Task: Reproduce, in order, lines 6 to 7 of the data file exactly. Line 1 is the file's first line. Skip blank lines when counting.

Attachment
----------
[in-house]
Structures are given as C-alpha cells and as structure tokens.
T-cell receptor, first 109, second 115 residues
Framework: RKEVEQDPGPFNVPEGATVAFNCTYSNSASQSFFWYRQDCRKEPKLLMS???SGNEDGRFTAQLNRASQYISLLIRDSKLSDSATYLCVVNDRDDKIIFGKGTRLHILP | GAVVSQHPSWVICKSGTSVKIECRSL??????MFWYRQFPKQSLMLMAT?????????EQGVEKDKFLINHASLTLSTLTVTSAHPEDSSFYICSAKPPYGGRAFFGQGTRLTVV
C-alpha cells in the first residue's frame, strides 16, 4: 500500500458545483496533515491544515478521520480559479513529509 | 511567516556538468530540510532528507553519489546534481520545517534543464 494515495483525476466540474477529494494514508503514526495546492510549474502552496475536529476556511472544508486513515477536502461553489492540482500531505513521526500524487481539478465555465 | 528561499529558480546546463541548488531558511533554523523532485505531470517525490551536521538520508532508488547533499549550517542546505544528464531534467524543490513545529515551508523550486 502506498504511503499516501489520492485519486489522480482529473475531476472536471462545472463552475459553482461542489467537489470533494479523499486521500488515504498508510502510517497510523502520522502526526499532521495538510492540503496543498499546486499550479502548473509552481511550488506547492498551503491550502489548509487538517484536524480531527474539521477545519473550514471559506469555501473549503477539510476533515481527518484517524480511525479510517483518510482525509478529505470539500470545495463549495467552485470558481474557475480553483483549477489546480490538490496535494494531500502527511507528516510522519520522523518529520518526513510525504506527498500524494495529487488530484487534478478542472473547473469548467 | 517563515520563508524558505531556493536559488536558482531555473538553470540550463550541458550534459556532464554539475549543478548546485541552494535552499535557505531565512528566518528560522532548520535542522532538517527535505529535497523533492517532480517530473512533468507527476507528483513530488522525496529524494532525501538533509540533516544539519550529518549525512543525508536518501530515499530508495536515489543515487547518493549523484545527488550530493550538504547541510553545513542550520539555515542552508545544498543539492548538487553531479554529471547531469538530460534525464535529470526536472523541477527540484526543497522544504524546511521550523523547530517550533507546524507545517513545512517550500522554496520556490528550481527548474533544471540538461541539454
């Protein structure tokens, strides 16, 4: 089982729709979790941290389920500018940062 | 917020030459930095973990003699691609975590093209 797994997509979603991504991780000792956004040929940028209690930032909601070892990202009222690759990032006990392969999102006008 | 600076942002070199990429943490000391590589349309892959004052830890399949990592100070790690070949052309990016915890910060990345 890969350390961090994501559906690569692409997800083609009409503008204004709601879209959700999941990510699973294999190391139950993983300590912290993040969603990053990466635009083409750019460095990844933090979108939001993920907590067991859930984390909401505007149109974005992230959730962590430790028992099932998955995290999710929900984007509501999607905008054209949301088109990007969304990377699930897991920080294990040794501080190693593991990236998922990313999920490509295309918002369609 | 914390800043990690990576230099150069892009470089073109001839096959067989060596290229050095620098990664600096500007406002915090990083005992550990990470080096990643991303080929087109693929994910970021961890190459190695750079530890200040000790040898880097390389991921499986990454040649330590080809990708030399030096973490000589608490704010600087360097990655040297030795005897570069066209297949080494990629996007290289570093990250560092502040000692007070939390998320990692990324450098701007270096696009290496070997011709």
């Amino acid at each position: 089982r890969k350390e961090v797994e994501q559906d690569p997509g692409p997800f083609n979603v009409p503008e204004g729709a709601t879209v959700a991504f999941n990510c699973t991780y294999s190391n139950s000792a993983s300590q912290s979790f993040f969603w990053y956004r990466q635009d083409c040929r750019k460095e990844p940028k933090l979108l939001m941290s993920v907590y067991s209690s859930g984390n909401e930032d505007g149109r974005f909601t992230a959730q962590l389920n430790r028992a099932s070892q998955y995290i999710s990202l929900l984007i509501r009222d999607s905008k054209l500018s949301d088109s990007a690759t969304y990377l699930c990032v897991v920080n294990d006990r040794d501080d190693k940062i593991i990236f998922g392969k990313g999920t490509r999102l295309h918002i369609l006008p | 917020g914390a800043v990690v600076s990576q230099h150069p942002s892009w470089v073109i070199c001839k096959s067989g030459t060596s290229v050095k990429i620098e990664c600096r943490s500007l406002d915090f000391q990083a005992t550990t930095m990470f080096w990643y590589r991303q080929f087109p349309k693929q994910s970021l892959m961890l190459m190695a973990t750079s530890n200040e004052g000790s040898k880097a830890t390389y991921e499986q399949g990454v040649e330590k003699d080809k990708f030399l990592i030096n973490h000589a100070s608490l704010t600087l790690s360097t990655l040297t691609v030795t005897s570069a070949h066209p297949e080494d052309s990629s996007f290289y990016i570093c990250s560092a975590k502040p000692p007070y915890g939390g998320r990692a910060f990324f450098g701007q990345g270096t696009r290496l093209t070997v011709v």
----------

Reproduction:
């Protein structure tokens, strides 16, 4: 089982729709979790941290389920500018940062 | 917020030459930095973990003699691609975590093209 797994997509979603991504991780000792956004040929940028209690930032909601070892990202009222690759990032006990392969999102006008 | 600076942002070199990429943490000391590589349309892959004052830890399949990592100070790690070949052309990016915890910060990345 890969350390961090994501559906690569692409997800083609009409503008204004709601879209959700999941990510699973294999190391139950993983300590912290993040969603990053990466635009083409750019460095990844933090979108939001993920907590067991859930984390909401505007149109974005992230959730962590430790028992099932998955995290999710929900984007509501999607905008054209949301088109990007969304990377699930897991920080294990040794501080190693593991990236998922990313999920490509295309918002369609 | 914390800043990690990576230099150069892009470089073109001839096959067989060596290229050095620098990664600096500007406002915090990083005992550990990470080096990643991303080929087109693929994910970021961890190459190695750079530890200040000790040898880097390389991921499986990454040649330590080809990708030399030096973490000589608490704010600087360097990655040297030795005897570069066209297949080494990629996007290289570093990250560092502040000692007070939390998320990692990324450098701007270096696009290496070997011709």
């Amino acid at each position: 089982r890969k350390e961090v797994e994501q559906d690569p997509g692409p997800f083609n979603v009409p503008e204004g729709a709601t879209v959700a991504f999941n990510c699973t991780y294999s190391n139950s000792a993983s300590q912290s979790f993040f969603w990053y956004r990466q635009d083409c040929r750019k460095e990844p940028k933090l979108l939001m941290s993920v907590y067991s209690s859930g984390n909401e930032d505007g149109r974005f909601t992230a959730q962590l389920n430790r028992a099932s070892q998955y995290i999710s990202l929900l984007i509501r009222d999607s905008k054209l500018s949301d088109s990007a690759t969304y990377l699930c990032v897991v920080n294990d006990r040794d501080d190693k940062i593991i990236f998922g392969k990313g999920t490509r999102l295309h918002i369609l006008p | 917020g914390a800043v990690v600076s990576q230099h150069p942002s892009w470089v073109i070199c001839k096959s067989g030459t060596s290229v050095k990429i620098e990664c600096r943490s500007l406002d915090f000391q990083a005992t550990t930095m990470f080096w990643y590589r991303q080929f087109p349309k693929q994910s970021l892959m961890l190459m190695a973990t750079s530890n200040e004052g000790s040898k880097a830890t390389y991921e499986q399949g990454v040649e330590k003699d080809k990708f030399l990592i030096n973490h000589a100070s608490l704010t600087l790690s360097t990655l040297t691609v030795t005897s570069a070949h066209p297949e080494d052309s990629s996007f290289y990016i570093c990250s560092a975590k502040p000692p007070y915890g939390g998320r990692a910060f990324f450098g701007q990345g270096t696009r290496l093209t070997v011709v």